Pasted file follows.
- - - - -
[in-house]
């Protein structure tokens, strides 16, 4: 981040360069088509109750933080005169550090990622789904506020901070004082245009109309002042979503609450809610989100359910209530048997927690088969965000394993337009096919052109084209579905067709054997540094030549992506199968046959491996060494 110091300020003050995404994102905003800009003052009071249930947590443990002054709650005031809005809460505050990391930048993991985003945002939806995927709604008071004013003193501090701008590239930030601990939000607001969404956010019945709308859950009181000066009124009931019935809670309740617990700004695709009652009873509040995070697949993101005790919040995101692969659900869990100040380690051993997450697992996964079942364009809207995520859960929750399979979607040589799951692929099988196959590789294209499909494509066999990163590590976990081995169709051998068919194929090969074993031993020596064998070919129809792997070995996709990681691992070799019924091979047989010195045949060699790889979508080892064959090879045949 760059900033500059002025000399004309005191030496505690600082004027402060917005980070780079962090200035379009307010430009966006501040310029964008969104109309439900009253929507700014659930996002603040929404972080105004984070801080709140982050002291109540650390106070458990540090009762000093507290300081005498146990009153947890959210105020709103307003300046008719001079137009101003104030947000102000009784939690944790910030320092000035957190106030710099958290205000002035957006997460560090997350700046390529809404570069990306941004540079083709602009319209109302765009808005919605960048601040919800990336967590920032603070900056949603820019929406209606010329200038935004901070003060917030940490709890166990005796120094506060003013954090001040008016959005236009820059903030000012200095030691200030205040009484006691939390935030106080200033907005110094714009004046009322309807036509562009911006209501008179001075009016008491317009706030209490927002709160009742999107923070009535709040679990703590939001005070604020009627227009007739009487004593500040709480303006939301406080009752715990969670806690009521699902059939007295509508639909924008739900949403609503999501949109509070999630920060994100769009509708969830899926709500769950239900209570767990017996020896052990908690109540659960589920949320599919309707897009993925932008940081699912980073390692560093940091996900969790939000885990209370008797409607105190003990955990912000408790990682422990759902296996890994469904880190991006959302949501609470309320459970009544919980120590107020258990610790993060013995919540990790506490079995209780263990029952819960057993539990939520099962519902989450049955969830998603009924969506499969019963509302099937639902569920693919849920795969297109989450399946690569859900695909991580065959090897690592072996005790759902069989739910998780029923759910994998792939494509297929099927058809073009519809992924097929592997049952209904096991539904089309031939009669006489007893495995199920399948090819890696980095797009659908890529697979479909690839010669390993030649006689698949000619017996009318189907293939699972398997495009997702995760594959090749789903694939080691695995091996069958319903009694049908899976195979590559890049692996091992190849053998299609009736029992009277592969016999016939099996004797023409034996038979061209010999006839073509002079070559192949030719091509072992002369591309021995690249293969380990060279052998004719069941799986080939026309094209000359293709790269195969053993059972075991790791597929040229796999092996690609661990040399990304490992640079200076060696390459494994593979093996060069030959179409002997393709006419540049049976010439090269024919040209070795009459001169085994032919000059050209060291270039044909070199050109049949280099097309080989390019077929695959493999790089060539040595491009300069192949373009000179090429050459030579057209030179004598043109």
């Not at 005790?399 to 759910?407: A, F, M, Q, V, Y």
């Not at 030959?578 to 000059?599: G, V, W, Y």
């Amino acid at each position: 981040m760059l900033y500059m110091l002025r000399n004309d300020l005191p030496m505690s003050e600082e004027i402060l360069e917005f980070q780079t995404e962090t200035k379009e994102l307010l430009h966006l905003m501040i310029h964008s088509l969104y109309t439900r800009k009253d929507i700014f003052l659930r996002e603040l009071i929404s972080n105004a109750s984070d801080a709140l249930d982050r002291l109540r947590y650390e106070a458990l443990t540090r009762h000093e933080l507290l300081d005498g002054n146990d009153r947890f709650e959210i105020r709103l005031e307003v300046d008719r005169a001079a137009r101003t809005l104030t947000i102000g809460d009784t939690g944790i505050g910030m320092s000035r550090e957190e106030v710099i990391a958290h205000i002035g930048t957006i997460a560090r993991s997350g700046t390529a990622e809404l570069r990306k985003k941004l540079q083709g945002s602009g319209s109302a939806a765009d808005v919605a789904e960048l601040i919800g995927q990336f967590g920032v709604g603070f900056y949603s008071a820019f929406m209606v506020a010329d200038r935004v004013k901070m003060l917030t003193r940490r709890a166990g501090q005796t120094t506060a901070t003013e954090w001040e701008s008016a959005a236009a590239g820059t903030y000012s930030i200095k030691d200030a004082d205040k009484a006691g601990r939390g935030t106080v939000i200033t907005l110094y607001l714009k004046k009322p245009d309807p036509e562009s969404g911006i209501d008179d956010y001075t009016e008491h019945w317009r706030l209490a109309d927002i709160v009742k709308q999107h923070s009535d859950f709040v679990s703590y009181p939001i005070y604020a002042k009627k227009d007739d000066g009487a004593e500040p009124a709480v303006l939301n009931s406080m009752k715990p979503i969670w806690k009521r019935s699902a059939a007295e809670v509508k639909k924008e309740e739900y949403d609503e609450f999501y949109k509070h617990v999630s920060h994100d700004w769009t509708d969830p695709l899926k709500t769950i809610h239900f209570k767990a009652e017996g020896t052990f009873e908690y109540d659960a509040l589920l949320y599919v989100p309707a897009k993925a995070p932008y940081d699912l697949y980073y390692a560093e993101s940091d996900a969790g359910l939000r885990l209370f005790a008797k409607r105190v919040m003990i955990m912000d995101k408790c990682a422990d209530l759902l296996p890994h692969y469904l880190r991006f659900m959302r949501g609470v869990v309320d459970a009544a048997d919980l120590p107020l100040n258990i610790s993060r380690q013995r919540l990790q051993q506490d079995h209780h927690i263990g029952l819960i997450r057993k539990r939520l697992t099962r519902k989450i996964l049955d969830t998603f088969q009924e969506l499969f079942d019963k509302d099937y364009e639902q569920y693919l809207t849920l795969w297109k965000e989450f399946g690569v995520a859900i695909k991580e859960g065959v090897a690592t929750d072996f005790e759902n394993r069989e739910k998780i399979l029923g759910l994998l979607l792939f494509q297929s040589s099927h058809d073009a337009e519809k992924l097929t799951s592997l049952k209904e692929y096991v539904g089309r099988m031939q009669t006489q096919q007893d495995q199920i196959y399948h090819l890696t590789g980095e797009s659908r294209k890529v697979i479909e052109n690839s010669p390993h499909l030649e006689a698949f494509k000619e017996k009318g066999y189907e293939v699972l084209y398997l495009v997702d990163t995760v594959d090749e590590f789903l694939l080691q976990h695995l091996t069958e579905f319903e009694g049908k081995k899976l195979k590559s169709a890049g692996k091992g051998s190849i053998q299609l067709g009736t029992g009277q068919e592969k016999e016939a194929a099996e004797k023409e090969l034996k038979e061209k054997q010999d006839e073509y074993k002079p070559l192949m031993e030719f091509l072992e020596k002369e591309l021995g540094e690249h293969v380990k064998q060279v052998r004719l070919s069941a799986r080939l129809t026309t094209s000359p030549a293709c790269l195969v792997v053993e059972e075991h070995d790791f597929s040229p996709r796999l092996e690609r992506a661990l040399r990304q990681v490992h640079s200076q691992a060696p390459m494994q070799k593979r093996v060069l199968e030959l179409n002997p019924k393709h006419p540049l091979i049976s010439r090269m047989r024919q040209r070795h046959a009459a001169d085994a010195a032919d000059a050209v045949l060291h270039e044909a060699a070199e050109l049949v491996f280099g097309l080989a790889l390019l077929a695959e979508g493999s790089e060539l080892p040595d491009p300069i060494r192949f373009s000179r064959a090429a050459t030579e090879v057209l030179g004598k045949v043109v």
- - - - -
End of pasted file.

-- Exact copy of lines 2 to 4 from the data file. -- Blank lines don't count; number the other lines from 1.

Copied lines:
């Protein structure tokens, strides 16, 4: 981040360069088509109750933080005169550090990622789904506020901070004082245009109309002042979503609450809610989100359910209530048997927690088969965000394993337009096919052109084209579905067709054997540094030549992506199968046959491996060494 110091300020003050995404994102905003800009003052009071249930947590443990002054709650005031809005809460505050990391930048993991985003945002939806995927709604008071004013003193501090701008590239930030601990939000607001969404956010019945709308859950009181000066009124009931019935809670309740617990700004695709009652009873509040995070697949993101005790919040995101692969659900869990100040380690051993997450697992996964079942364009809207995520859960929750399979979607040589799951692929099988196959590789294209499909494509066999990163590590976990081995169709051998068919194929090969074993031993020596064998070919129809792997070995996709990681691992070799019924091979047989010195045949060699790889979508080892064959090879045949 760059900033500059002025000399004309005191030496505690600082004027402060917005980070780079962090200035379009307010430009966006501040310029964008969104109309439900009253929507700014659930996002603040929404972080105004984070801080709140982050002291109540650390106070458990540090009762000093507290300081005498146990009153947890959210105020709103307003300046008719001079137009101003104030947000102000009784939690944790910030320092000035957190106030710099958290205000002035957006997460560090997350700046390529809404570069990306941004540079083709602009319209109302765009808005919605960048601040919800990336967590920032603070900056949603820019929406209606010329200038935004901070003060917030940490709890166990005796120094506060003013954090001040008016959005236009820059903030000012200095030691200030205040009484006691939390935030106080200033907005110094714009004046009322309807036509562009911006209501008179001075009016008491317009706030209490927002709160009742999107923070009535709040679990703590939001005070604020009627227009007739009487004593500040709480303006939301406080009752715990969670806690009521699902059939007295509508639909924008739900949403609503999501949109509070999630920060994100769009509708969830899926709500769950239900209570767990017996020896052990908690109540659960589920949320599919309707897009993925932008940081699912980073390692560093940091996900969790939000885990209370008797409607105190003990955990912000408790990682422990759902296996890994469904880190991006959302949501609470309320459970009544919980120590107020258990610790993060013995919540990790506490079995209780263990029952819960057993539990939520099962519902989450049955969830998603009924969506499969019963509302099937639902569920693919849920795969297109989450399946690569859900695909991580065959090897690592072996005790759902069989739910998780029923759910994998792939494509297929099927058809073009519809992924097929592997049952209904096991539904089309031939009669006489007893495995199920399948090819890696980095797009659908890529697979479909690839010669390993030649006689698949000619017996009318189907293939699972398997495009997702995760594959090749789903694939080691695995091996069958319903009694049908899976195979590559890049692996091992190849053998299609009736029992009277592969016999016939099996004797023409034996038979061209010999006839073509002079070559192949030719091509072992002369591309021995690249293969380990060279052998004719069941799986080939026309094209000359293709790269195969053993059972075991790791597929040229796999092996690609661990040399990304490992640079200076060696390459494994593979093996060069030959179409002997393709006419540049049976010439090269024919040209070795009459001169085994032919000059050209060291270039044909070199050109049949280099097309080989390019077929695959493999790089060539040595491009300069192949373009000179090429050459030579057209030179004598043109």
């Not at 005790?399 to 759910?407: A, F, M, Q, V, Y």
């Not at 030959?578 to 000059?599: G, V, W, Y």